The Begin Sadat BESA Center for Strategic Studies, The BESA Center for Strategic Studies at Bar Ilan University was founded by Dr Thomas O. Hecht a Canadian Jewish community leader The Center is dedicated to the memory of. Israeli Prime Minister Menachem Begin and Egyptian president Anwar Sadat who. concluded the first Arab Israel peace agreement The Center a non partisan and independent. institute seeks to contribute to the advancement of Middle East peace and security by. conducting policy relevant research on strategic subjects particularly as they relate to the. national security and foreign policy of Israel, Mideast Security and Policy Studies serve as a forum for publication or re publication of. research conducted by BESA associates Publication of a work by BESA signifies that it is. deemed worthy of public consideration but does not imply endorsement of the author s views. or conclusions BESA Colloquia on Strategy and Diplomacy summarizes the papers delivered. at conferences and seminars held by the Center for the academic military official and. general publics In sponsoring these discussions the BESA Center aims to stimulate public. debate on and consideration of contending approaches to problems of peace and war in the. Middle East The BESA Memorandum series consist of policy oriented papers The content. of the publications reflects the views of the authors only A list of recent BESA Center. publications can be found at the end of this booklet. International Advisory Board, Founder of the Center and Chairman of the Advisory Board Dr Thomas O Hecht. Vice Chairman Mr Saul Koschitzky, Members Prof Moshe Arens Ms Judy Ann Hecht Ms Marion Hecht Mr Robert Hecht. Prof Riva Heft Hecht Hon Shlomo Hillel Mr Isi Leibler Amb Yitzhak Levanon Sen. Joseph I Lieberman Mr Robert K Lifton Maj Gen res Daniel Matt Rt Hon Brian. Mulroney Maj Gen res Ori Orr Mr Seymour D Reich Amb Meir Rosenne Mr Greg. Rosshandler Amb Zalman Shoval Amb Norman Spector Mr Muzi Wertheim. International Academic Advisory Board, Desmond Ball Australian National University Ian Beckett University of Kent Eliot A. Cohen Johns Hopkins University Irwin Cotler McGill University Steven R David Johns. Hopkins University Yehezkel Dror Hebrew University Lawrence Freedman King s College. Patrick James University of Southern California Efraim Karsh King s College Robert J. Lieber Georgetown University Barry Posen Massachusetts Institute of Technology Jasjit. Singh Centre for Strategic and International Studies. Research Staff, BESA Center Director Prof Efraim Inbar. Research Associates Dr Efrat Aviv Dr Yaeli Bloch Elkon Prof Stuart A Cohen Dr Gil. Feiler Prof Jonathan Fox Prof Hillel Frisch Prof Eytan Gilboa Col res Aby Har Even. Dr Tsilla Hershco Dr Mordechai Kedar Prof Avi Kober Dr Yaakov Lifshitz Prof Ze ev. Maghen Mr Amir Rapaport Dr Jonathan Rynhold Maj Gen res Emanuel Sakal Prof. Shmuel Sandler Dr Eitan Shamir Dr Dany Shoham Dr Shlomo Shpiro Dr Max Singer. Dr Joshua Teitelbaum, Director of Public Affairs David M Weinberg. Program Coordinator Hava Waxman Koen, Publication Editor English Ilana Hart. Publication Editor Hebrew Alona Briner Rozenman, The Israeli Palestinian Water Conflict. An Israeli Perspective, Table of Contents, INTRODUCTION 1. DEVELOPMENT STAGES OF THE WATER SUPPLY SYSTEM 2, The British Mandate Period 1917 1948 2. Jordanian Rule 1948 1967 3, The Israeli Administration 1967 1995 3. ISRAELI PALESTINIAN WATER AGREEMENTS 4, The Gaza Agreement 4. The Judea and Samaria Interim Agreement 5, Implementing the Agreements 5. Agreement Violation by the Palestinians 9, PALESTINIAN PER CAPITA CONSUMPTION 12. Total Per Capita Consumption 12, Domestic Per Capita Consumption 14. WATER SUPPLY SYSTEMS IN JUDEA AND SAMARIA 15, Types and Locations of Water Supply Plants 15. Domestic Water Plants 17, Sewage Plants 21, LEGAL ASPECTS OF THE WATER AGREEMENTS 23. The Superiority of a Signed Agreement 23, Natural Characteristics of the Mountain Aquifer 24. Historical Usage 26, Available Alternative Water Sources 27. Water Conservation and Efficient Usage 27, THE FORTHCOMING PERMANENT STATUS 29. Ideology versus Practice 29, Quantifying Palestinian Water Rights 30. Practical Solutions 30, CONCLUSION 31, This research paper was supported by the. B L Manger Foundation, The B L Manger Foundation Inc is a charitable foundation. established by Bernard L Manger z l for Jewish charitable. philanthropic religious and educational purposes Longtime residents. of Stamford Connecticut USA Ben Manger together with his wife. Faye support numerous worthwhile Jewish causes and the growth. and development of the State of Israel, The Israeli Palestinian Water Conflict. An Israeli Perspective, Haim Gvirtzman, INTRODUCTION. Harsh allegations are being raised against the State of Israel due to the. dispute over water with the Palestinians 1 The Palestinians claim. political and legal ownership over the groundwater reservoir of the. Mountain Aquifer including its three internal basins western. eastern and northern They also claim rightful access to the waters of. the Gaza Strip Coastal Aquifer and the Jordan River Quantitatively. these demands amount to about 400 million cubic meters per year. MCM Y from the Mountain Aquifer about 100 MCM Y from the. Coastal Aquifer and about 200 MCM Y from the Jordan River This. totals roughly 700 MCM Y which is more than 50 percent of the total. natural water available between the Mediterranean Sea and the Jordan. River In addition the Palestinians insist that they suffer from water. shortages in their towns and villages due to the Israeli occupation and. cite international legal norms in support of their claims. This paper s objective is to examine the Palestinian arguments against. Israel by presenting detailed information about water supply systems. presently serving Israelis and Palestinians This data previously. classified due to political sensitivities was recently released for. publication by the Israeli Water Authority for the first time after the. signing of the Israeli Palestinian Interim Agreement Oslo II over 15. years ago It is presented in this study which makes use of new maps. tables and graphs The data shows that most of the Palestinians. arguments have no foundation Moreover contrary to most of these. arguments Israel has fulfilled all of its obligations according to the. signed water agreements with the Palestinian Authority PA 2. The author is a professor of hydrology at the Institute of Earth Sciences Hebrew. University of Jerusalem and a member of the Water Authority Council. MIDEAST SECURITY AND POLICY STUDIES, In fact the issue of water scarcity could be changed from a source of. controversy and tension to one of understanding and cooperation if. both sides are prepared to start planning future water supply plants. together Israeli Palestinian cooperation based on academic research3. is a good starting point Cooperation based on sustainable. development and advanced technologies can solve the real water. deficiency 4 This paper presents practical plans to efficiently. overcome the water shortages of both sides, DEVELOPMENT STAGES OF THE WATER SUPPLY SYSTEM. This section will discuss the development stages of the water supply. systems in Judea and Samaria 5 during which the ancient traditional. water supply systems were replaced by modern ones The stages. included are the British Mandate period 1917 1848 the Jordanian. Kingdom period 1948 1967 and the Israeli administration period. 1967 1995 The post 1995 period during which the Interim. Agreement between Israel and the Palestinians was implemented is. described separately in the next section, The British Mandate Period 1917 1948. The traditional ancient water supply systems that were built in. households and communities hundreds and maybe thousands of years. ago were still widely in use during the British Mandate period 6 These. included aqueducts that conveyed spring water by gravitation and. cisterns that collected rainwater Three irrigation systems were active. on the eastern slopes of the Judea and Samaria mountains The Wadi. Qelt aqueduct provided a total of 3 MCM Y from Ein Fara Ein Fawar. and Ein Qelt to Jericho the Wadi Uja aqueduct brought 7 MCM Y. from Ein Uja to the Uja Valley and the Wadi Faria aqueduct supplied. 5 MCM Y from Ein Baidan Ein Isca and Ein Shibli to the Giftlik. Two additional Roman systems for domestic consumption were active. in the high mountains the Nablus aqueduct 2 MCM Y from Ras El. Ein Ein Kariun and Ein Asal to Sabastia and the Jerusalem aqueduct. 1 MCM Y from the Biar and Arub springs In addition about 200. small springs were utilized all over the mountain range each for local. consumption both domestic by carrying water cans and agricultural. by flooding mountainous terraces Also many cisterns collecting. THE ISRAELI PALESTINIAN WATER CONFLICT, rainwater at the household level were used These springs and cisterns. supplied 5 MCM Y during rainy years and were almost dry during. droughts 7, During the British Mandate two modern electric powered plants. supplying water to Jerusalem from Ein Fara and Ramallah from Ein. Samiya Ein Kinya and Ein Ariq were built with a total capacity of 2. MCM Y 8 Thus at the end of the British period the maximum water. supply in the Judea and Samaria mountains was 25 MCM Y in rainy. Jordanian Rule 1948 1967, During most of the period of Jordanian rule in Judea and Samaria the. water supply system remained unchanged However in 1965 new. drilling technology was introduced and 350 wells were drilled. supplying a total of 41 MCM Y Most of these wells were shallow. 10 70 meters deep equipped with thin casing 5 12 7 centimeter. diameter and operated with weak engines 5 50 horse power thus. they were pumped at low rates 10 70 m3 hour Yet some of the. wells were relatively large specifically those drilled at El Fawar near. Hebron Bet Fajar near Bethlehem Deir Sharaf near Nablus and. Bardala in the Jordan Valley Out of the 41 MCM Y 19 MCM Y. were pumped in west Samaria Qalqiliyah Tulkarm and Anabta 5. MCM Y in north Samaria Jenin and Qabatiyya 1 MCM Y in Judea. and 16 MCM Y in the Jordan Valley Jericho Uja Giftlik and. Due to the addition of these wells during the Jordanian period the. maximum water supply was 66 MCM Y in rainy years most of. which was used for agriculture Throughout this time however only. four of the 708 Palestinian towns and villages were connected to. modern water supply systems and had running water 9. The Israeli Administration 1967 1995, Given the lack of running water in most towns and villages in 1967. the Israeli administration drilled deep wide wells adjacent to most of. the large urban centers and connected them through a network of. MIDEAST SECURITY AND POLICY STUDIES, pipelines The bigger wells were the three Dotan wells near Jenin the. Beit Iba Horon and Tapuach wells near Nablus and the seven. Herodion and Shdema wells near Bethlehem The Israeli. administration helped the Municipality of Nablus in drilling the two. Baidan wells and assisted the Municipality of Ramallah in drilling the. two Samia wells Thus in the first five years of the Israeli. administration the water supply to the Palestinians increased by 50. percent most of which was designated for domestic consumption. In the late 1970s and 1980s as many new Jewish settlements were. built in Judea and Samaria they were connected to the Israeli. National Water Carrier that passes along the coastal plain by long. pipelines Consequently the Palestinian villages and towns located. along the pipelines were connected to running water as well and the. standard of living in these communities increased considerably. From 1967 1995 prior to the signing of the Israeli Palestinian. Interim Agreement the total amount of water supplied to the. Palestinians in Judea and Samaria increased from 66 to 120 MCM Y. This additional water was mainly used for domestic consumption. During this period the number of towns and villages connected to. running water through modern supply systems increased from four to. 309 communities 10, ISRAELI PALESTINIAN WATER AGREEMENTS. The Gaza Agreement, As part of the Oslo Agreement in 1994 it was decided that Israel. would transfer control over the Palestinians water supply in Gaza to. the PA including the responsibility for the local aquifer and its. pumping wells and the management development and maintenance. of the water and sewage systems Only the water systems of the. Jewish settlements were excluded though in 2005 during the Israeli. withdrawal from Gaza these were also transferred to PA control It. was also agreed that Israel would transfer an additional 5 MCM Y to. Gaza via pipeline, THE ISRAELI PALESTINIAN WATER CONFLICT. The Judea and Samaria Interim Agreement, In the second Oslo Agreement signed in 1995 Israel stated its. recognition of the water rights of the Palestinians which would be. quantitatively defined in the future in the permanent agreement Both. parties concurred that the future needs of the Palestinians would be. about 70 80 MCM Y more than their existing water consumption. 118 MCM Y in 1995 During the interim period the Palestinian. consumption would increase by 28 6 MCM Y including the 5. MCM Y to Gaza most of which would be supplied from the Eastern. THE ISRAELI PALESTINIAN WATER CONFLICT 3 rainwater at the household level were used These springs and cisterns supplied 5 MCM Y during rainy years and were almost dry during droughts 7 During the British Mandate two modern electric powered plants supplying water to Jerusalem from Ein Fara and Ramallah from Ein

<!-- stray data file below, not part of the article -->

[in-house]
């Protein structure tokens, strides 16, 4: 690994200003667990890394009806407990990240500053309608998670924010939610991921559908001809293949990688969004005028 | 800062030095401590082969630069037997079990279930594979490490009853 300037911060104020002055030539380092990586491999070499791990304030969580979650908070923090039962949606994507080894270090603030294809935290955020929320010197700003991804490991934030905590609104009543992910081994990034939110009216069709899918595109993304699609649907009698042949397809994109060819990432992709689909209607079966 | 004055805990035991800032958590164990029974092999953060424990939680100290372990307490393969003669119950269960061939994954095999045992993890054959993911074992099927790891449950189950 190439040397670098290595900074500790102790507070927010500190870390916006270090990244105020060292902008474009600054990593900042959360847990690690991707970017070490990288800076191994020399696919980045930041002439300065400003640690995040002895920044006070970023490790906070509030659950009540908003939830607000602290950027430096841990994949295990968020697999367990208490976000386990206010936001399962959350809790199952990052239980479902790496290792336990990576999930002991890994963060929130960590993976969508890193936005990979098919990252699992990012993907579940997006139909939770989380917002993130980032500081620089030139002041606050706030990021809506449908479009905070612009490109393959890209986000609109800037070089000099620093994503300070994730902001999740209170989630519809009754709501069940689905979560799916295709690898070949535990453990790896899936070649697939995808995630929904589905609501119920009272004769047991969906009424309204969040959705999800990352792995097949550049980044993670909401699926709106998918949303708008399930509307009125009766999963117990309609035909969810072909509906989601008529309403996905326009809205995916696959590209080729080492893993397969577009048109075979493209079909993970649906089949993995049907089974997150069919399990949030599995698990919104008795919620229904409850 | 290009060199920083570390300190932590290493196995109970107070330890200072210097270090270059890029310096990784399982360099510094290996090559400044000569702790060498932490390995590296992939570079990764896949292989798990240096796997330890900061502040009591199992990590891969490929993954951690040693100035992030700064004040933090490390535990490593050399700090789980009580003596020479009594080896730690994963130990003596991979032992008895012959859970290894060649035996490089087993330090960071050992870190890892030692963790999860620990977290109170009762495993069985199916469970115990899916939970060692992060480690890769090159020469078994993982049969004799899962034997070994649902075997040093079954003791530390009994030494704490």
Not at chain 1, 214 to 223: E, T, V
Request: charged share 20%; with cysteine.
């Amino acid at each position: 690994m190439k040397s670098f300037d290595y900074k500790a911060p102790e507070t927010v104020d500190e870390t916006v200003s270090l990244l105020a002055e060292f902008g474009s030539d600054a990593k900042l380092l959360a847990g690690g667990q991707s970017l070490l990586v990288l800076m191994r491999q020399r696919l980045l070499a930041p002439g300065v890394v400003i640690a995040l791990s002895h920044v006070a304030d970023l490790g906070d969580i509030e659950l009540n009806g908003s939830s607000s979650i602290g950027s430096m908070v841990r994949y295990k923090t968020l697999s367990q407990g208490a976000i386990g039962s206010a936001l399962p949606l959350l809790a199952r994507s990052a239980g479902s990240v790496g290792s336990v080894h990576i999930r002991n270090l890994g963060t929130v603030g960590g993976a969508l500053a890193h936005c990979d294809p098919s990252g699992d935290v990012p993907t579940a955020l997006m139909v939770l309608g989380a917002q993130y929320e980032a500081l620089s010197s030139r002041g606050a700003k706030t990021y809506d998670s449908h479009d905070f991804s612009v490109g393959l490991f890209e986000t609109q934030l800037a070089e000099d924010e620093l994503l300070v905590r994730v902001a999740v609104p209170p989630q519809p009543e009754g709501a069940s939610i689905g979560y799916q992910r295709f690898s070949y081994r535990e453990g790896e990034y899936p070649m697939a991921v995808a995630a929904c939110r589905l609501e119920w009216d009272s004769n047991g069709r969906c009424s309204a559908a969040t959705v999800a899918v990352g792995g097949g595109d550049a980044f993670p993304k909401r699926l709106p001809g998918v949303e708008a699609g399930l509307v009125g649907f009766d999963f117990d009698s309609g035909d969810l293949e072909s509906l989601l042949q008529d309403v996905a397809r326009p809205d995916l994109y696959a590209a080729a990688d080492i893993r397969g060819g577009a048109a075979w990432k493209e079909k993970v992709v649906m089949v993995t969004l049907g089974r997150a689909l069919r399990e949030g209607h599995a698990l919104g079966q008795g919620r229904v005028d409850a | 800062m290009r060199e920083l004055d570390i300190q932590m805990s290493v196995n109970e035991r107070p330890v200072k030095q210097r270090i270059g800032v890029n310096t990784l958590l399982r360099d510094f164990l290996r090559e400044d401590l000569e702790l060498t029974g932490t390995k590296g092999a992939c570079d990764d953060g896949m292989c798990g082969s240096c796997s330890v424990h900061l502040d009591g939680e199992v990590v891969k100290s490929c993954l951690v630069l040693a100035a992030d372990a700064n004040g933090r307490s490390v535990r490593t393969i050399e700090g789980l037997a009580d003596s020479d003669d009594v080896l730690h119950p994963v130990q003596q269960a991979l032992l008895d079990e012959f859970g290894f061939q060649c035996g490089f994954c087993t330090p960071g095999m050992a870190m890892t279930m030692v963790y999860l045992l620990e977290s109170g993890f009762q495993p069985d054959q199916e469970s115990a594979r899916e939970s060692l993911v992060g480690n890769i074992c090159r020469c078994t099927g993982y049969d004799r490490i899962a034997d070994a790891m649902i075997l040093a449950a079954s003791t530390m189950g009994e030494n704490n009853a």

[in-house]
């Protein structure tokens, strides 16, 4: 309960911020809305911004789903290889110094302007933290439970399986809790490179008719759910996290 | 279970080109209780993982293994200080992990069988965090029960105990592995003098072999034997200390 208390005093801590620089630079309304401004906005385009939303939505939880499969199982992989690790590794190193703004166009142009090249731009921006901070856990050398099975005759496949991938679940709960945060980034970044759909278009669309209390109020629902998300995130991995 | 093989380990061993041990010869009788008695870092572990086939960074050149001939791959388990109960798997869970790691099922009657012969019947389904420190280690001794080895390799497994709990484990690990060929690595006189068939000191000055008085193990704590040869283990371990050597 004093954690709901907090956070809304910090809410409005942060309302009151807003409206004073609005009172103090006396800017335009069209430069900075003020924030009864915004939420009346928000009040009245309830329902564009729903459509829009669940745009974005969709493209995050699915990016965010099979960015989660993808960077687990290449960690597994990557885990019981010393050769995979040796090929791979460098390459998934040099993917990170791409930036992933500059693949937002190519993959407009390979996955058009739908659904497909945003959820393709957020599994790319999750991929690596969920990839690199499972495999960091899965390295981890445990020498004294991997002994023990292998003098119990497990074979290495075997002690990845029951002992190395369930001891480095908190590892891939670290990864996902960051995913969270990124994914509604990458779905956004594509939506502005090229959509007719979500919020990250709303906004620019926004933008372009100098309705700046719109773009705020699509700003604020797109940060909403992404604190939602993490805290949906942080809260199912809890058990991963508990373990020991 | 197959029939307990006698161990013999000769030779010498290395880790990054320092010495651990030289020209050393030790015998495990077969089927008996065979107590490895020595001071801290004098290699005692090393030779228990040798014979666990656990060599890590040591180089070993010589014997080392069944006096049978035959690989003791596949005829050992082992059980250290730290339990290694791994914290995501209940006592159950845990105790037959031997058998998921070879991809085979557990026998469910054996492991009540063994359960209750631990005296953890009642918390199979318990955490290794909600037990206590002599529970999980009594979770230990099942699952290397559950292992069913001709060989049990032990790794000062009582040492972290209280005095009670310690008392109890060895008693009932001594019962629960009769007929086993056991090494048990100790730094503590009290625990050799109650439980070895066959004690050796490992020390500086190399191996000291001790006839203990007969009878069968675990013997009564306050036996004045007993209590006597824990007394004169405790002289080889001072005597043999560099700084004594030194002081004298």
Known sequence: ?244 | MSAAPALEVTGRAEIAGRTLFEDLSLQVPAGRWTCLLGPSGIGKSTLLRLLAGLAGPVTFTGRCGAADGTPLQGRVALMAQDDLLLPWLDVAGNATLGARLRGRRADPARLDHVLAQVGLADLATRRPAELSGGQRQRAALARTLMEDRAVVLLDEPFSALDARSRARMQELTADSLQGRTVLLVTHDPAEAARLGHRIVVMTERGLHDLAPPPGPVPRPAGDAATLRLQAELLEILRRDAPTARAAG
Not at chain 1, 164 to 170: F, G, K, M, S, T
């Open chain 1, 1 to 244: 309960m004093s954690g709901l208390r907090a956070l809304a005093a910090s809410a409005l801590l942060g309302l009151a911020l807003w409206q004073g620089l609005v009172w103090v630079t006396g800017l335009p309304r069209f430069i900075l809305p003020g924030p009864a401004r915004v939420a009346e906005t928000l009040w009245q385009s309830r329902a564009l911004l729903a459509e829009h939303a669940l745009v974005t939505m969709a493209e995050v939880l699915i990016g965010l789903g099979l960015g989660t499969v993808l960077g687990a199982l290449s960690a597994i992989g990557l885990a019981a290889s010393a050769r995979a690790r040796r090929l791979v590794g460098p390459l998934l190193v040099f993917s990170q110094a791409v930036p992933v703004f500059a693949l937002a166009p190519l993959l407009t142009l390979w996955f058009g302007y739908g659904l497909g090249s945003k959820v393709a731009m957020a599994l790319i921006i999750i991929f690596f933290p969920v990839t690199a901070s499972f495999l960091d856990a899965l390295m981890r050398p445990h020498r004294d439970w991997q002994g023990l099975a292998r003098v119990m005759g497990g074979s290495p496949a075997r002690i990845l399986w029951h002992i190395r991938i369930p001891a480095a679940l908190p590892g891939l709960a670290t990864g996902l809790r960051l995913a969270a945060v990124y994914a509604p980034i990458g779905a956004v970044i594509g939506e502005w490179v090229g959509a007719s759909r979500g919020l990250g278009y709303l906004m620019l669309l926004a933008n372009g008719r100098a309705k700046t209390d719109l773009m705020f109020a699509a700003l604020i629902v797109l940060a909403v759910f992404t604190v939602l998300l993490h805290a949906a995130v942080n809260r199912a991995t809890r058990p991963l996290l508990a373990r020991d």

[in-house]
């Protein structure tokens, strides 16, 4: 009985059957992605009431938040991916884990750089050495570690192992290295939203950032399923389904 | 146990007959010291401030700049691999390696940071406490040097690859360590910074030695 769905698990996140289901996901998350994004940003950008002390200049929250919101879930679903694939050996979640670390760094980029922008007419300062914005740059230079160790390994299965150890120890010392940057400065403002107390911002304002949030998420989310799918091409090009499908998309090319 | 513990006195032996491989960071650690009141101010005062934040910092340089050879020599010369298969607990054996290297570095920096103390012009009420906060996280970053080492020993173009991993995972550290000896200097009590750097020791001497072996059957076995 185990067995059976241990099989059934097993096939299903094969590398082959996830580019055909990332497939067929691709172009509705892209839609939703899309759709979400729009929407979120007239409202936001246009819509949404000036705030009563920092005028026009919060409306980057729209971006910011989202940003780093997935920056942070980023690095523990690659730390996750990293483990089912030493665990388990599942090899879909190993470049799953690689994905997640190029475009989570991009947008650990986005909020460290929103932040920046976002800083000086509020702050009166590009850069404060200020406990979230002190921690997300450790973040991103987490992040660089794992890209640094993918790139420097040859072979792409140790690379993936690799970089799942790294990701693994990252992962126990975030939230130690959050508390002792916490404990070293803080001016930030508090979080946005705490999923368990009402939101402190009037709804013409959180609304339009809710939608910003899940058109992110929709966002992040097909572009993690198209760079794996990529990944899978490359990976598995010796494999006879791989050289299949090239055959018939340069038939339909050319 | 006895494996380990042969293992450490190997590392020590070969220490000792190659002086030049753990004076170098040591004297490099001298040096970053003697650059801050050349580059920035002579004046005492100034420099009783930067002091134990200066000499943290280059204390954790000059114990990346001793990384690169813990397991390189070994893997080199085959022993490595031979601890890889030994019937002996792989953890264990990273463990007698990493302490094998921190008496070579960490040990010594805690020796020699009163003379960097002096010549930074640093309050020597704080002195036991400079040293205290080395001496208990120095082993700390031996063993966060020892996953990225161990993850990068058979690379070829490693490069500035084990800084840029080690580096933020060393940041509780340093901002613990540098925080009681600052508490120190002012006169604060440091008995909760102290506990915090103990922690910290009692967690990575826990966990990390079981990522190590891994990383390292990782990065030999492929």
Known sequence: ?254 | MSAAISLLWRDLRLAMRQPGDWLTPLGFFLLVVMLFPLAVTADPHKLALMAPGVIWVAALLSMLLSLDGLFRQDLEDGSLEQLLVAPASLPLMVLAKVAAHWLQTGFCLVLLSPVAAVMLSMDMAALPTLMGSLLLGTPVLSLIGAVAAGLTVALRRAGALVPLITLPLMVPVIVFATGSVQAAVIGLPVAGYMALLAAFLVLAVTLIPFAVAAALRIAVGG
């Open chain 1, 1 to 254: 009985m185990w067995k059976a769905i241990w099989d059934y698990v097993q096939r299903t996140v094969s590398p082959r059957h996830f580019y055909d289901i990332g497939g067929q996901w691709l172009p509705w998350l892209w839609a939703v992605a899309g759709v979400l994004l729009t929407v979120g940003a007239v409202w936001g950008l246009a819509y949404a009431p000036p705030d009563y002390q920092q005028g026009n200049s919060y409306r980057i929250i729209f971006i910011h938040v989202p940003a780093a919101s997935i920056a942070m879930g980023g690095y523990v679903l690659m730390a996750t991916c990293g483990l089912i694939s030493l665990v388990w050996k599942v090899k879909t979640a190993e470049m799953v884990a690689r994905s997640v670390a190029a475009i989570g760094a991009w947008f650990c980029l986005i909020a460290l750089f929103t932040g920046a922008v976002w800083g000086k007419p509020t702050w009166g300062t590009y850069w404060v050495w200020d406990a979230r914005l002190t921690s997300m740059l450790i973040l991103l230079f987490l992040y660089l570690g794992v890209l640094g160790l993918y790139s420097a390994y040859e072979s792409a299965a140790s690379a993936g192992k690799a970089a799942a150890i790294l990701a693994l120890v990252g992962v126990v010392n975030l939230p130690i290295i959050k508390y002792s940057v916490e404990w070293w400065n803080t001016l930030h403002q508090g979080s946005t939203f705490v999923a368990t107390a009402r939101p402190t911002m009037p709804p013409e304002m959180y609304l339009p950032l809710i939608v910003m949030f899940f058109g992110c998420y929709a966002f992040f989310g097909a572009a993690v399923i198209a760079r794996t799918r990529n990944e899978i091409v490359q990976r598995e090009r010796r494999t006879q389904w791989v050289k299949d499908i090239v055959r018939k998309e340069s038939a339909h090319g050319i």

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Portrait in Letters of an American are raised that we will not need to publish another edition of Myths and Facts which was first printed more than fifty years ago In the meantime old myths continue to be recycled and new calumnies in vented These must not be allowed to go unanswered if we are to progress toward coexistence We do not pretend that Israel is perfect Myths and Facts